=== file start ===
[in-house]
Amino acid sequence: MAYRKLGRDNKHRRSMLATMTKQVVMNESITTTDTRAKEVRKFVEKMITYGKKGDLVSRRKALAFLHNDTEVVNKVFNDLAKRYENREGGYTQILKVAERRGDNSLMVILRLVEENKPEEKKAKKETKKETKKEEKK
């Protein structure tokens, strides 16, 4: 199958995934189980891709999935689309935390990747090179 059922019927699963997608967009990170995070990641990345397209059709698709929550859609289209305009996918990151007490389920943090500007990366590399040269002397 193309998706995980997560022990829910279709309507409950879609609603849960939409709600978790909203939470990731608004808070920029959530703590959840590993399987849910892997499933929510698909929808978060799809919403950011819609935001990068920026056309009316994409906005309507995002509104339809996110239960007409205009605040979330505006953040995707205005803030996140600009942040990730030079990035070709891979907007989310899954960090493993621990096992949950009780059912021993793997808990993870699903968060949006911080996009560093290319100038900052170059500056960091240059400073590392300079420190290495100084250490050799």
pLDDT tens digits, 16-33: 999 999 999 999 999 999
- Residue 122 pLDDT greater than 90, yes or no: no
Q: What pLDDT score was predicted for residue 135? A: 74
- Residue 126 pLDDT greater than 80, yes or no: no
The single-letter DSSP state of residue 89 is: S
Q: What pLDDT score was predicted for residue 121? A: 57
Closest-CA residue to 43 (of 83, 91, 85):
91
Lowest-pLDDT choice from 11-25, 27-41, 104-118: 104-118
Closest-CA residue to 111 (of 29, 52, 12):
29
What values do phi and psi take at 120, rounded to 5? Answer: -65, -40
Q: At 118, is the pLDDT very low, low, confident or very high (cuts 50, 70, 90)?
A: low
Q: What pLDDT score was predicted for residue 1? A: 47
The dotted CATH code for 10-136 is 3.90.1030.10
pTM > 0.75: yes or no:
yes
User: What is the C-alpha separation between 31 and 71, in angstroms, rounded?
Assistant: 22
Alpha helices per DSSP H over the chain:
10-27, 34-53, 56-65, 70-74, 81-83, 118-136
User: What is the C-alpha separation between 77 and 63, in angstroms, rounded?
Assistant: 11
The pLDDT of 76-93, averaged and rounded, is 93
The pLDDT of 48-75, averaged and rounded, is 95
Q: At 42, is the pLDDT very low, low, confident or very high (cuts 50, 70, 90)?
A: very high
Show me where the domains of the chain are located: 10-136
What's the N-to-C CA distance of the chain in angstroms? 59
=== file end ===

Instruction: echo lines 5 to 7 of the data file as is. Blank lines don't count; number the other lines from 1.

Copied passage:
- Residue 122 pLDDT greater than 90, yes or no: no
Q: What pLDDT score was predicted for residue 135? A: 74
- Residue 126 pLDDT greater than 80, yes or no: no